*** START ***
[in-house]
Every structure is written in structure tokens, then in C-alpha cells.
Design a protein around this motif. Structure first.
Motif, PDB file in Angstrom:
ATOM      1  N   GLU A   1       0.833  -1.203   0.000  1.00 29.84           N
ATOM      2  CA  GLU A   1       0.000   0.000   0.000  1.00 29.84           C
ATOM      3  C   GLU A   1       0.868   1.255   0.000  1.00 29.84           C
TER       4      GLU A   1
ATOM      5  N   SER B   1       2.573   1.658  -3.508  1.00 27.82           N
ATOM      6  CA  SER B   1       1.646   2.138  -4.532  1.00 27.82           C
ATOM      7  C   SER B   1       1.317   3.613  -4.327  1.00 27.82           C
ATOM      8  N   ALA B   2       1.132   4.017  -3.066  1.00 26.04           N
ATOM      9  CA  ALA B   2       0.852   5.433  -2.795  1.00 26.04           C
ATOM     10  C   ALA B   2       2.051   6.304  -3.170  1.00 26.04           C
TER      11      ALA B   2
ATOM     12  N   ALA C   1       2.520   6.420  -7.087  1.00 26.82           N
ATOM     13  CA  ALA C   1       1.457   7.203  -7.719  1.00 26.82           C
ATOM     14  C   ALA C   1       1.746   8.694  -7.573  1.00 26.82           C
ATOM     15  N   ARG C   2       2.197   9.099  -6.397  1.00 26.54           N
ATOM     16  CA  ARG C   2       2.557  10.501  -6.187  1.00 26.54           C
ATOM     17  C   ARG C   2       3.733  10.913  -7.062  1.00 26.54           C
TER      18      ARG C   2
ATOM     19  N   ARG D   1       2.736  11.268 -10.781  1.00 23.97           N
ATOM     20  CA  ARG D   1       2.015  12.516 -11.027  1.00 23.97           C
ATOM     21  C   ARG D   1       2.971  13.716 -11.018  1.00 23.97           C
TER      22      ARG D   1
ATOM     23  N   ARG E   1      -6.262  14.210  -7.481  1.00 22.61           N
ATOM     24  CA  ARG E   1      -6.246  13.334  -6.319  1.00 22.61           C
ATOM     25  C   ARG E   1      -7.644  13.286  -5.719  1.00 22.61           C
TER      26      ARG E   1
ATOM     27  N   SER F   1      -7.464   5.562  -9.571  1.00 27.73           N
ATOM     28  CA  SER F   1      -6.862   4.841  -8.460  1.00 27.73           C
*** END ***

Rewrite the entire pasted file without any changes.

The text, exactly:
[in-house]
Every structure is written in structure tokens, then in C-alpha cells.
Design a protein around this motif. Structure first.
Motif, PDB file in Angstrom:
ATOM      1  N   GLU A   1       0.833  -1.203   0.000  1.00 29.84           N
ATOM      2  CA  GLU A   1       0.000   0.000   0.000  1.00 29.84           C
ATOM      3  C   GLU A   1       0.868   1.255   0.000  1.00 29.84           C
TER       4      GLU A   1
ATOM      5  N   SER B   1       2.573   1.658  -3.508  1.00 27.82           N
ATOM      6  CA  SER B   1       1.646   2.138  -4.532  1.00 27.82           C
ATOM      7  C   SER B   1       1.317   3.613  -4.327  1.00 27.82           C
ATOM      8  N   ALA B   2       1.132   4.017  -3.066  1.00 26.04           N
ATOM      9  CA  ALA B   2       0.852   5.433  -2.795  1.00 26.04           C
ATOM     10  C   ALA B   2       2.051   6.304  -3.170  1.00 26.04           C
TER      11      ALA B   2
ATOM     12  N   ALA C   1       2.520   6.420  -7.087  1.00 26.82           N
ATOM     13  CA  ALA C   1       1.457   7.203  -7.719  1.00 26.82           C
ATOM     14  C   ALA C   1       1.746   8.694  -7.573  1.00 26.82           C
ATOM     15  N   ARG C   2       2.197   9.099  -6.397  1.00 26.54           N
ATOM     16  CA  ARG C   2       2.557  10.501  -6.187  1.00 26.54           C
ATOM     17  C   ARG C   2       3.733  10.913  -7.062  1.00 26.54           C
TER      18      ARG C   2
ATOM     19  N   ARG D   1       2.736  11.268 -10.781  1.00 23.97           N
ATOM     20  CA  ARG D   1       2.015  12.516 -11.027  1.00 23.97           C
ATOM     21  C   ARG D   1       2.971  13.716 -11.018  1.00 23.97           C
TER      22      ARG D   1
ATOM     23  N   ARG E   1      -6.262  14.210  -7.481  1.00 22.61           N
ATOM     24  CA  ARG E   1      -6.246  13.334  -6.319  1.00 22.61           C
ATOM     25  C   ARG E   1      -7.644  13.286  -5.719  1.00 22.61           C
TER      26      ARG E   1
ATOM     27  N   SER F   1      -7.464   5.562  -9.571  1.00 27.73           N
ATOM     28  CA  SER F   1      -6.862   4.841  -8.460  1.00 27.73           C